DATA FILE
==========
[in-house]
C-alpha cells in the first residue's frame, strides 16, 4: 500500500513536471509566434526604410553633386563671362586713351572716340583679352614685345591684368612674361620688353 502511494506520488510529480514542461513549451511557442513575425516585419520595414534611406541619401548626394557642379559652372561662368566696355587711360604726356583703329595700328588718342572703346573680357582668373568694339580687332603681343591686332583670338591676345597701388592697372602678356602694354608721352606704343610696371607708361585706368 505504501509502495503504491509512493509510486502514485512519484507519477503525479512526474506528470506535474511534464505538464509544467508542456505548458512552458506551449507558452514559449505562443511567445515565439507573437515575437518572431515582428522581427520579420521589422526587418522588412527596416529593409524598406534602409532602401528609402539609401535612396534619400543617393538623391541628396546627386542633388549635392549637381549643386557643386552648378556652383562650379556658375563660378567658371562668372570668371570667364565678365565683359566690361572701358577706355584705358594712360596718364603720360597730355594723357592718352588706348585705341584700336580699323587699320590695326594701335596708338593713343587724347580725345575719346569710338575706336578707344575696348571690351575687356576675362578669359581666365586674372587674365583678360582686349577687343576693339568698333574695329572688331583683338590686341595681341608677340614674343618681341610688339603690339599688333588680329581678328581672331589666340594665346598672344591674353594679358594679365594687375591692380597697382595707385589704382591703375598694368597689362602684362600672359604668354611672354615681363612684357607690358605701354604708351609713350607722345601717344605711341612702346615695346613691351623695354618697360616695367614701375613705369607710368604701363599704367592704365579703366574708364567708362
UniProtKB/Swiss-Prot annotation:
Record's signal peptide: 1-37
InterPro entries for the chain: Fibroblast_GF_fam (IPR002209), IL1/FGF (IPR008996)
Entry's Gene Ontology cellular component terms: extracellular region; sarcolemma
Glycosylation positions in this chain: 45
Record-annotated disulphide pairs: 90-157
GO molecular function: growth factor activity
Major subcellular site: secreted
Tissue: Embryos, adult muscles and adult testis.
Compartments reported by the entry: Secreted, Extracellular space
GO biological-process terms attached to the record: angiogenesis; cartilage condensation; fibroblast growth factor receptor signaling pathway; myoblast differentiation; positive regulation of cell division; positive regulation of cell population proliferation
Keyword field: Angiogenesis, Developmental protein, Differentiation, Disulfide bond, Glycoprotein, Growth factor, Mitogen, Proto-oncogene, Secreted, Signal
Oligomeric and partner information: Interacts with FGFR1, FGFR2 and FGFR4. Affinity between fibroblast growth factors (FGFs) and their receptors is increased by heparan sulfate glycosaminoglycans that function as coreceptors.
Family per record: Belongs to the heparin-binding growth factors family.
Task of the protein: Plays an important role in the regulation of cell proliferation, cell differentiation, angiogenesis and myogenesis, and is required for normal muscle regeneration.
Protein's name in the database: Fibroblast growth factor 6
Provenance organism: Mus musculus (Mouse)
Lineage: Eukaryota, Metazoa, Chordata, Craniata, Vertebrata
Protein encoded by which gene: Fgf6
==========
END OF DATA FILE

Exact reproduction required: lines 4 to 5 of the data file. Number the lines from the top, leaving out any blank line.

Record's signal peptide: 1-37
InterPro entries for the chain: Fibroblast_GF_fam (IPR002209), IL1/FGF (IPR008996)